Perhaps the most barbaric/infamous of the many devastating episodes that occurred throughout
the Crusades was the event that occurred upon the Crusaders entrance to Jerusalem after its
surrender. Despite the fact that the Christian armies massacred much of the Byzantine empire, as
well as numerous Jewish towns along the Rhineland, it was still not enough for them; they
slaughtered hundreds of unarmed men, women, and children - after promising them that no harm
would come to them.

One may raise the objection that the three examples previously used were outdated, as
thinking in the ancient times was not as developed, and attitudes were generally more medieval
than modern times. Recent history, however, is full of examples as well. In 1947, the United
Nations passed Resolution 181, which effectively gave part of Palestine away to a new Sovereign
Jewish nation called Israel. This led to the Arab-Israeli war of 1948, which resulted in an Israeli
victory, a lot of deaths and savagery, and three more wars after that. Even as recent as 2009 the
violence has continued; Israeli forces bombed two schools in Gaza, killing more than 50 people.
There are numerous other examples, including the Indo-Pakistani conflict (and even some
conflict among the Sunnis and the Shiites themselves), the Muslim insurgency in Southern
Thailand, the Muslims and the Catholics in the Philippines, Roman Catholics and Protestants in
Northern Ireland, Christians and Muslims in the Sudan, Egypt, and Ethiopia, and the list could
go on and on. Religion is the cause for a significantly large amount of conflict in the form of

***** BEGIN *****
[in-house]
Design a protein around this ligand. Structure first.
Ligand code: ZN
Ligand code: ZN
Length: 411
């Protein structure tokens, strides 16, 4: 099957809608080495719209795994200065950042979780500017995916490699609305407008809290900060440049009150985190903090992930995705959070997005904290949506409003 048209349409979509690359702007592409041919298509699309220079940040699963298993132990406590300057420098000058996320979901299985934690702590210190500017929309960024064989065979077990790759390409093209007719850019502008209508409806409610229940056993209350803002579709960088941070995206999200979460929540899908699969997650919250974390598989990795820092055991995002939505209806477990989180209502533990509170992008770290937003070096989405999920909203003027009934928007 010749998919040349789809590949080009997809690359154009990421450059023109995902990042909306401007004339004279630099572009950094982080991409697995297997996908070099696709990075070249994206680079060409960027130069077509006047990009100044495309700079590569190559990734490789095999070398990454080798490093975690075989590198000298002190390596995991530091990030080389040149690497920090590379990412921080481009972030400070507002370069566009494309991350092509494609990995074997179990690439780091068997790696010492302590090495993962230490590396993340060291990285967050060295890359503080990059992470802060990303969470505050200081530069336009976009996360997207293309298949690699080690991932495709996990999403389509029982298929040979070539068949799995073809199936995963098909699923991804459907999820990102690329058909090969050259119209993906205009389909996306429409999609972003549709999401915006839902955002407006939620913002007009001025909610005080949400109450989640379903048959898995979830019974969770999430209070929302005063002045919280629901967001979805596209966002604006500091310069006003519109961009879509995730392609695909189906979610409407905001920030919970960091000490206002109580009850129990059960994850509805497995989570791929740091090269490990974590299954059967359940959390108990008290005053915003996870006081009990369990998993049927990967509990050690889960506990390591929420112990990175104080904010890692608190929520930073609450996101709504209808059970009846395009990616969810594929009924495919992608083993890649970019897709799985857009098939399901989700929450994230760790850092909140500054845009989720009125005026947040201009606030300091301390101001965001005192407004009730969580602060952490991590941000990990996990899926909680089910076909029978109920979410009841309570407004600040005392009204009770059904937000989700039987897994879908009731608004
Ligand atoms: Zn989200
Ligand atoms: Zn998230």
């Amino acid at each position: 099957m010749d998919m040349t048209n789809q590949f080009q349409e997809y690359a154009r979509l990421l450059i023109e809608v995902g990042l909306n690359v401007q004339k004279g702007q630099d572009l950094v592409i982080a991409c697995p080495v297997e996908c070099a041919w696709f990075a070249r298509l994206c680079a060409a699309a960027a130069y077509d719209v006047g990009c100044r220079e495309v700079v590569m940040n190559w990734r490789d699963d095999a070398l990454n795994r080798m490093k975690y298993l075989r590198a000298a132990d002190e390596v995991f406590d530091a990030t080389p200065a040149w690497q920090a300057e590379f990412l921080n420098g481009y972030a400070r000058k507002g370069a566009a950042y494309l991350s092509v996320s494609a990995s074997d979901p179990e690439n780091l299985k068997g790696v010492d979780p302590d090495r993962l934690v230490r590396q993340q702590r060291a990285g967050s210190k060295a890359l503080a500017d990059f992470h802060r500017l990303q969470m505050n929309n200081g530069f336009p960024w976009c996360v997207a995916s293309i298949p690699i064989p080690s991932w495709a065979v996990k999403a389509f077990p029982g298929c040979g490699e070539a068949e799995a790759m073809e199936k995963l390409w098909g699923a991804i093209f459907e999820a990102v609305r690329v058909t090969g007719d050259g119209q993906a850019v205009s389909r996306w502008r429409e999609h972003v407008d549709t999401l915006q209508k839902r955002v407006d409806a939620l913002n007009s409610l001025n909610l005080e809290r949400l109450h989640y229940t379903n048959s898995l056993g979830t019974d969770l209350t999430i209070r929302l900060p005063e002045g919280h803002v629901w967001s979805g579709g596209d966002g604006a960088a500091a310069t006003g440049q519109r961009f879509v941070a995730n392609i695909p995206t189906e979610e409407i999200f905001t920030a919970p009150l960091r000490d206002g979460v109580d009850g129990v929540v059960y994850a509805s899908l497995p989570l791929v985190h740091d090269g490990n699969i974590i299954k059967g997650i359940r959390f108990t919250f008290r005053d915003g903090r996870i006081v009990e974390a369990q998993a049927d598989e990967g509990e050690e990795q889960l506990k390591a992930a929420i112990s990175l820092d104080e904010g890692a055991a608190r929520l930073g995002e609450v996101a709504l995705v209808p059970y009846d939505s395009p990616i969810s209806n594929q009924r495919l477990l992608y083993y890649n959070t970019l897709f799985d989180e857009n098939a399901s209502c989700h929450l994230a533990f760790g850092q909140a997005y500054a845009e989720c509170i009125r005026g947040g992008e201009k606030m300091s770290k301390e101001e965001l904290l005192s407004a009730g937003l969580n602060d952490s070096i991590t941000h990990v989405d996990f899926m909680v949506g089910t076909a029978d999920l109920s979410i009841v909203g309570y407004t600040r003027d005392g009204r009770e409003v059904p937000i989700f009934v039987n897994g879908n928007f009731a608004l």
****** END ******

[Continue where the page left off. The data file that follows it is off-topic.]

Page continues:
violence, which results in widespread tragedy and death all across the world.
Opposers to my previous statement may attempt to defend religion by citing its positive
effects on people. Most religions to teach a moral code, offer a theory/explanation for the
universe, and acts as a coping mechanism for when tragedy occurs to a person. For example, one
is reassured when a close family member dies that a divine entity has taken said family member
to a better place, and there is usually a description of how much better said better place is
than the mundane, mortal world. However, is it right to tell (or, in most cases, state as truth or
promise) someone something that has not been proven to be true for temporary relief from their
own emotions? Consider the following scenario concerning a young teenager named Bill, a poor
man working at a chocolate factory, giving every last dime he has to feed his family. One day,
Bill causes an accident (on accident, of course) which forces the building the evacuate, all of the

chocolate to be dumped, and causes over $100,000 of damages. Bill is now very distraught, and
needs a coping mechanism, but his supervisor tells him that everything will be all right, and that
he will not be fired. Bill, for the moment, is assured that he will continue to be able to feed his
family. Two weeks later, however, Bill is brutally fired by Headquarters (without the supervisors
knowledge). Is it right to tell someone that might not necessarily be true for short-term relief?
Though his supervisor had good intentions, Bill would probably have been better off being told
that he was to be fired in two weeks, and that being fired anyway was probably more devastating